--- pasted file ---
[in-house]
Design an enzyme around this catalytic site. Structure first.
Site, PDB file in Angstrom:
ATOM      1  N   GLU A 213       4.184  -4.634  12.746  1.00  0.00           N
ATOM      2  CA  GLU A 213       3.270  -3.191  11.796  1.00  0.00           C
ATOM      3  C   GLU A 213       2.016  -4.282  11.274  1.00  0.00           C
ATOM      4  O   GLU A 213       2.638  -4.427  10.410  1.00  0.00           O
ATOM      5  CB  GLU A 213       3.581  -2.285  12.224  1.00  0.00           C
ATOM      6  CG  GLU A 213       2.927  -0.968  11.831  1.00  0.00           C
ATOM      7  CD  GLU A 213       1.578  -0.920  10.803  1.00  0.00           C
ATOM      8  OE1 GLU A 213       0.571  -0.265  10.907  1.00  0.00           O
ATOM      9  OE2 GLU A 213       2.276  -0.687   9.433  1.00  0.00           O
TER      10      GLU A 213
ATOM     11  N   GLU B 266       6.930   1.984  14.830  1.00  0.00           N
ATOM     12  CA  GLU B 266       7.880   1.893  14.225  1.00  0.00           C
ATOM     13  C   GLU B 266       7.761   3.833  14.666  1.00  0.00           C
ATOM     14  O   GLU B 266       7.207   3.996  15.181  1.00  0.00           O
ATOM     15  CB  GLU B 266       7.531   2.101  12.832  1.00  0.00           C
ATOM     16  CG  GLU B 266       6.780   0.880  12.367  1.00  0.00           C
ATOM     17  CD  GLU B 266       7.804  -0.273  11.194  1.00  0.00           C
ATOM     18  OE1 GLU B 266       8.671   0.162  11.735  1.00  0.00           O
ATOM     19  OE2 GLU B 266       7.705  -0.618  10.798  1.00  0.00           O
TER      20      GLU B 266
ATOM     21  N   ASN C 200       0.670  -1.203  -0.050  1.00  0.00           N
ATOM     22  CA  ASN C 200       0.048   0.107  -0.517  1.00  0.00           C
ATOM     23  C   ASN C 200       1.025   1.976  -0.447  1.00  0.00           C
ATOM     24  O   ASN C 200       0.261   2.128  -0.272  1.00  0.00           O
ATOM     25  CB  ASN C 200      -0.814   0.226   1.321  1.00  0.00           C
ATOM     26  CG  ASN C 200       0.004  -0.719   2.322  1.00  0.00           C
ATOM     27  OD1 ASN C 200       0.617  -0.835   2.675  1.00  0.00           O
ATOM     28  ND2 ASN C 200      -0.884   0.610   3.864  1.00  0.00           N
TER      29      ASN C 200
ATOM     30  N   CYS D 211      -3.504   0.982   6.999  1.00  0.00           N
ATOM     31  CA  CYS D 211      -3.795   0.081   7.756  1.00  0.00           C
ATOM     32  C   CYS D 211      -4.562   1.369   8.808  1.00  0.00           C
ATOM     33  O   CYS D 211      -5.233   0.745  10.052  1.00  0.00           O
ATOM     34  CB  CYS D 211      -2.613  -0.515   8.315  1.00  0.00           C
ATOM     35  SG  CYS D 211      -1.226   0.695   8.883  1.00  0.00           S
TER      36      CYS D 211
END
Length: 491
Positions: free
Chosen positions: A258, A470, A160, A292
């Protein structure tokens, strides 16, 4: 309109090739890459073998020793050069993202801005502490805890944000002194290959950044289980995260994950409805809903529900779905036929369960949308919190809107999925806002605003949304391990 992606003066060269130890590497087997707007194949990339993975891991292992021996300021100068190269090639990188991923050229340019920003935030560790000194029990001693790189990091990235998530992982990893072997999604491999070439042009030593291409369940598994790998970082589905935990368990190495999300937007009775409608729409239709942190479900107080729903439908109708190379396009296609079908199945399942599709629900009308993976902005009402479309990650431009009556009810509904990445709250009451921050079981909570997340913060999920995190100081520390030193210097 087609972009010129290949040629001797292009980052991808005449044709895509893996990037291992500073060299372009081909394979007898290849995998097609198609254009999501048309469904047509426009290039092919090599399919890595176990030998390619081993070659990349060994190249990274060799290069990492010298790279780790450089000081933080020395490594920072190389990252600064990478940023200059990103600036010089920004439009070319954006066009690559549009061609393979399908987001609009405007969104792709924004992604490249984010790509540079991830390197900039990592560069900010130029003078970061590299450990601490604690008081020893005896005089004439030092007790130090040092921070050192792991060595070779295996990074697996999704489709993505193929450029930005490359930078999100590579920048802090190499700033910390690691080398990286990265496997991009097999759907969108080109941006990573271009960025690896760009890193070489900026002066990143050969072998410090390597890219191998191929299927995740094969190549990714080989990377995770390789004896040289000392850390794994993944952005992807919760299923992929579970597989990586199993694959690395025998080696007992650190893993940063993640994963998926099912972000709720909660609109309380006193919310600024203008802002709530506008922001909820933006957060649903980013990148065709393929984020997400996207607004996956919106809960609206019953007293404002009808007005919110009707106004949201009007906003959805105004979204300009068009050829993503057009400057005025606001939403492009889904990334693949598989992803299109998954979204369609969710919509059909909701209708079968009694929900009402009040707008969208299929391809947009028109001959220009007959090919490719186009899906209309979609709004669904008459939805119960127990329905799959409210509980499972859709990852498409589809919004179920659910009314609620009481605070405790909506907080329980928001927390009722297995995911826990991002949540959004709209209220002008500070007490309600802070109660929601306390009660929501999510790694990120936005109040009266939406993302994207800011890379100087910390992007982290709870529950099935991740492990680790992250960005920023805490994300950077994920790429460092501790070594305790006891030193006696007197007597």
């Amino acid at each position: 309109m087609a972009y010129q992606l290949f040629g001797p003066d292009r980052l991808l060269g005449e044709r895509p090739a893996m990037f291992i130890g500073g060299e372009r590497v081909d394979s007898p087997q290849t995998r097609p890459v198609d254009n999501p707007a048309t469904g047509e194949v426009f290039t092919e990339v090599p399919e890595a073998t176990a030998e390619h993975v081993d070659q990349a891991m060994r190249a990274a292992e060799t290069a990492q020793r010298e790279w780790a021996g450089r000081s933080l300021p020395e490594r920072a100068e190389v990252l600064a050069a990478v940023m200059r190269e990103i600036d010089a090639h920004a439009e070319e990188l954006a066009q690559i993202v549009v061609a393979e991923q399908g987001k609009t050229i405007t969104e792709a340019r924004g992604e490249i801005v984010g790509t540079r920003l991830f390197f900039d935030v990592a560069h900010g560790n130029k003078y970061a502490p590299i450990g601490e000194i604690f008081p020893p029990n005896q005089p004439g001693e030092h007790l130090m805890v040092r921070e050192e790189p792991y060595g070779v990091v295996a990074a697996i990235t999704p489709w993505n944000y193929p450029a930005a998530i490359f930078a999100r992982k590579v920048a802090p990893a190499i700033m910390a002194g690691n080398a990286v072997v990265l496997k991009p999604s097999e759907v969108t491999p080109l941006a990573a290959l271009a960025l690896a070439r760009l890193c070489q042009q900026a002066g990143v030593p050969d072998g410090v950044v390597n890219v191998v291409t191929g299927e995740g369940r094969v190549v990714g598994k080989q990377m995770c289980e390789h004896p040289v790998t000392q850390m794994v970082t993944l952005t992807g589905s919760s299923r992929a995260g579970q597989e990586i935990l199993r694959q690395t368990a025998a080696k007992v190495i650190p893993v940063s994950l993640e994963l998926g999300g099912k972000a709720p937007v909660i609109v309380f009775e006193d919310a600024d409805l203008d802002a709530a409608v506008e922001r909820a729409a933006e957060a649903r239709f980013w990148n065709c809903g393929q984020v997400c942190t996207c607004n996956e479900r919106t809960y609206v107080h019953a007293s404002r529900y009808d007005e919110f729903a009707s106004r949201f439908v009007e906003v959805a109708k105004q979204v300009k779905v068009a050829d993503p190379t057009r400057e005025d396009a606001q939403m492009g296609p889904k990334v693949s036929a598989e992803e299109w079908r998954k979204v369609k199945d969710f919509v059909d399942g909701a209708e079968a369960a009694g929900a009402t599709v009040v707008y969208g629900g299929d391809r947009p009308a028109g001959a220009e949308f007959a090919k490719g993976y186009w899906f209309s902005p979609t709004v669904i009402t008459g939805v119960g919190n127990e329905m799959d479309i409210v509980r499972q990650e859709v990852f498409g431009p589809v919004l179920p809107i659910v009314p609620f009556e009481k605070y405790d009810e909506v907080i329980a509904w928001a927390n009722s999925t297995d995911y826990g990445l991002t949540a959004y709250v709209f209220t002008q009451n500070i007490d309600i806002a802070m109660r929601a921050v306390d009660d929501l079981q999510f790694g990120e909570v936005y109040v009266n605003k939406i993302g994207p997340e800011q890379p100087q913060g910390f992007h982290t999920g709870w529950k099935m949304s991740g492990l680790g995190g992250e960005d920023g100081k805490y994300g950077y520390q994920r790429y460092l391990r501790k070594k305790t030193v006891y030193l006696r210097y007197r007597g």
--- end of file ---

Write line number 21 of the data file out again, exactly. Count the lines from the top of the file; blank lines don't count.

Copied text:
ATOM     18  OE1 GLU B 266       8.671   0.162  11.735  1.00  0.00           O